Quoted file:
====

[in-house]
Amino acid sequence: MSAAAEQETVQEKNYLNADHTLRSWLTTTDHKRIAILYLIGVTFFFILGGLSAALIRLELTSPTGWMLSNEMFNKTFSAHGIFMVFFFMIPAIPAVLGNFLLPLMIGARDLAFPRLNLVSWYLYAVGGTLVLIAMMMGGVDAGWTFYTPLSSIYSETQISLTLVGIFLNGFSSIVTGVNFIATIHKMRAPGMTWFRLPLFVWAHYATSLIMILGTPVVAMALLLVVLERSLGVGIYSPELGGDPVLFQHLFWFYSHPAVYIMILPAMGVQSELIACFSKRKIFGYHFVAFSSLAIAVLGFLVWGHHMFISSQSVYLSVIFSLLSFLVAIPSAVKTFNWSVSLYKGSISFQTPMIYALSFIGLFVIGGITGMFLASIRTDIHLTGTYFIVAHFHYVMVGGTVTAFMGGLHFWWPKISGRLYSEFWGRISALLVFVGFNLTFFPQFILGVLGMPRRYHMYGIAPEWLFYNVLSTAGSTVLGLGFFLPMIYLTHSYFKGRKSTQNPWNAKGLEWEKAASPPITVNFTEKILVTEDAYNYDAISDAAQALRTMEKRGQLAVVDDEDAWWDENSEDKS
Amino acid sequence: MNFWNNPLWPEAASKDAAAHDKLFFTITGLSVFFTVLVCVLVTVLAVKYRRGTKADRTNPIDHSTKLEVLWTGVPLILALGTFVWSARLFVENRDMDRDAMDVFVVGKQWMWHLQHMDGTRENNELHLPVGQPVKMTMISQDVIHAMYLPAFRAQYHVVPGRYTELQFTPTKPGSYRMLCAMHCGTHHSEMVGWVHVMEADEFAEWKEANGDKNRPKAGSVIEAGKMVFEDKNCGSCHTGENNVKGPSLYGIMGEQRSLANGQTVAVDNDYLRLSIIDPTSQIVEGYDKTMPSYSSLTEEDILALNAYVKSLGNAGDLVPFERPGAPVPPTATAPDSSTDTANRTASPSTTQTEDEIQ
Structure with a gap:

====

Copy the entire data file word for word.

[in-house]
Amino acid sequence: MSAAAEQETVQEKNYLNADHTLRSWLTTTDHKRIAILYLIGVTFFFILGGLSAALIRLELTSPTGWMLSNEMFNKTFSAHGIFMVFFFMIPAIPAVLGNFLLPLMIGARDLAFPRLNLVSWYLYAVGGTLVLIAMMMGGVDAGWTFYTPLSSIYSETQISLTLVGIFLNGFSSIVTGVNFIATIHKMRAPGMTWFRLPLFVWAHYATSLIMILGTPVVAMALLLVVLERSLGVGIYSPELGGDPVLFQHLFWFYSHPAVYIMILPAMGVQSELIACFSKRKIFGYHFVAFSSLAIAVLGFLVWGHHMFISSQSVYLSVIFSLLSFLVAIPSAVKTFNWSVSLYKGSISFQTPMIYALSFIGLFVIGGITGMFLASIRTDIHLTGTYFIVAHFHYVMVGGTVTAFMGGLHFWWPKISGRLYSEFWGRISALLVFVGFNLTFFPQFILGVLGMPRRYHMYGIAPEWLFYNVLSTAGSTVLGLGFFLPMIYLTHSYFKGRKSTQNPWNAKGLEWEKAASPPITVNFTEKILVTEDAYNYDAISDAAQALRTMEKRGQLAVVDDEDAWWDENSEDKS
Amino acid sequence: MNFWNNPLWPEAASKDAAAHDKLFFTITGLSVFFTVLVCVLVTVLAVKYRRGTKADRTNPIDHSTKLEVLWTGVPLILALGTFVWSARLFVENRDMDRDAMDVFVVGKQWMWHLQHMDGTRENNELHLPVGQPVKMTMISQDVIHAMYLPAFRAQYHVVPGRYTELQFTPTKPGSYRMLCAMHCGTHHSEMVGWVHVMEADEFAEWKEANGDKNRPKAGSVIEAGKMVFEDKNCGSCHTGENNVKGPSLYGIMGEQRSLANGQTVAVDNDYLRLSIIDPTSQIVEGYDKTMPSYSSLTEEDILALNAYVKSLGNAGDLVPFERPGAPVPPTATAPDSSTDTANRTASPSTTQTEDEIQ
Structure with a gap: